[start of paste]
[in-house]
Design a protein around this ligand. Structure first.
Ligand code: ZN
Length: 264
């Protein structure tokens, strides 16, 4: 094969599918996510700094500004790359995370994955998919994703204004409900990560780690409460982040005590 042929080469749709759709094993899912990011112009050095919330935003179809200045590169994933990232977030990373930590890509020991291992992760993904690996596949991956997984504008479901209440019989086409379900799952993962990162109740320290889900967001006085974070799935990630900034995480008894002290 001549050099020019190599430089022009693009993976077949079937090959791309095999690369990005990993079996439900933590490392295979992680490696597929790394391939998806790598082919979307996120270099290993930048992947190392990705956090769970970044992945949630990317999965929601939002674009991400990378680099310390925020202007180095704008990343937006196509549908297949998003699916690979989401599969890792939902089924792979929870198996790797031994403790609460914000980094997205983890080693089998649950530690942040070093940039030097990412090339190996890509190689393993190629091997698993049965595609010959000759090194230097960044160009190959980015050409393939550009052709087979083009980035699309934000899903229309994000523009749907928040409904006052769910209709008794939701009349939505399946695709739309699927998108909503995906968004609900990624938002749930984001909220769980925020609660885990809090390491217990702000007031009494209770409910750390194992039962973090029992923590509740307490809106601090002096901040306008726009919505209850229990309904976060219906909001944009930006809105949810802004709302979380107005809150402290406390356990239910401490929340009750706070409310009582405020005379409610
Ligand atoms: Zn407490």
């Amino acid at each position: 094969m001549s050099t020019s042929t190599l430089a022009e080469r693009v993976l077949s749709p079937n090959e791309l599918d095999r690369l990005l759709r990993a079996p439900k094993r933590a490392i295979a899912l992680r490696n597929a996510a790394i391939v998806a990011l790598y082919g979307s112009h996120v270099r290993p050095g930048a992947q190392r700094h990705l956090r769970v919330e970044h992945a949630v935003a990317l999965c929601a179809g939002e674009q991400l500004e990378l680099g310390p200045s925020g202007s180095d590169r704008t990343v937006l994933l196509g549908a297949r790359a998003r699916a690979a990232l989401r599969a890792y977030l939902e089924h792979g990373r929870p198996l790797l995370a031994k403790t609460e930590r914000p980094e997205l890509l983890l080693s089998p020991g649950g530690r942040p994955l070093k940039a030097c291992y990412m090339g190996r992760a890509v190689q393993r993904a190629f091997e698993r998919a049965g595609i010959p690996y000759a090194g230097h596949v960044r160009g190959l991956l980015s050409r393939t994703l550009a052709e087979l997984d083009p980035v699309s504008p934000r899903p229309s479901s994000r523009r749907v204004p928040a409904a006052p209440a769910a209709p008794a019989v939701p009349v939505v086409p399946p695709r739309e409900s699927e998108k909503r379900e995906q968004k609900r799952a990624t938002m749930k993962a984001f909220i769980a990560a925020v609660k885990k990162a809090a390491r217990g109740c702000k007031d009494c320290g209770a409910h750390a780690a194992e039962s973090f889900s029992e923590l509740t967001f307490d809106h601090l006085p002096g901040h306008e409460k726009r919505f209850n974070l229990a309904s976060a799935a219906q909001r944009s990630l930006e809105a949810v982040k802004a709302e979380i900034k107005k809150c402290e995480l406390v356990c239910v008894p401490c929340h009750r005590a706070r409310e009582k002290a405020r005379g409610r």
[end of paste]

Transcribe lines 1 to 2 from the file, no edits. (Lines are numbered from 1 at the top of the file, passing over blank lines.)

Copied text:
[in-house]
Design a protein around this ligand. Structure first.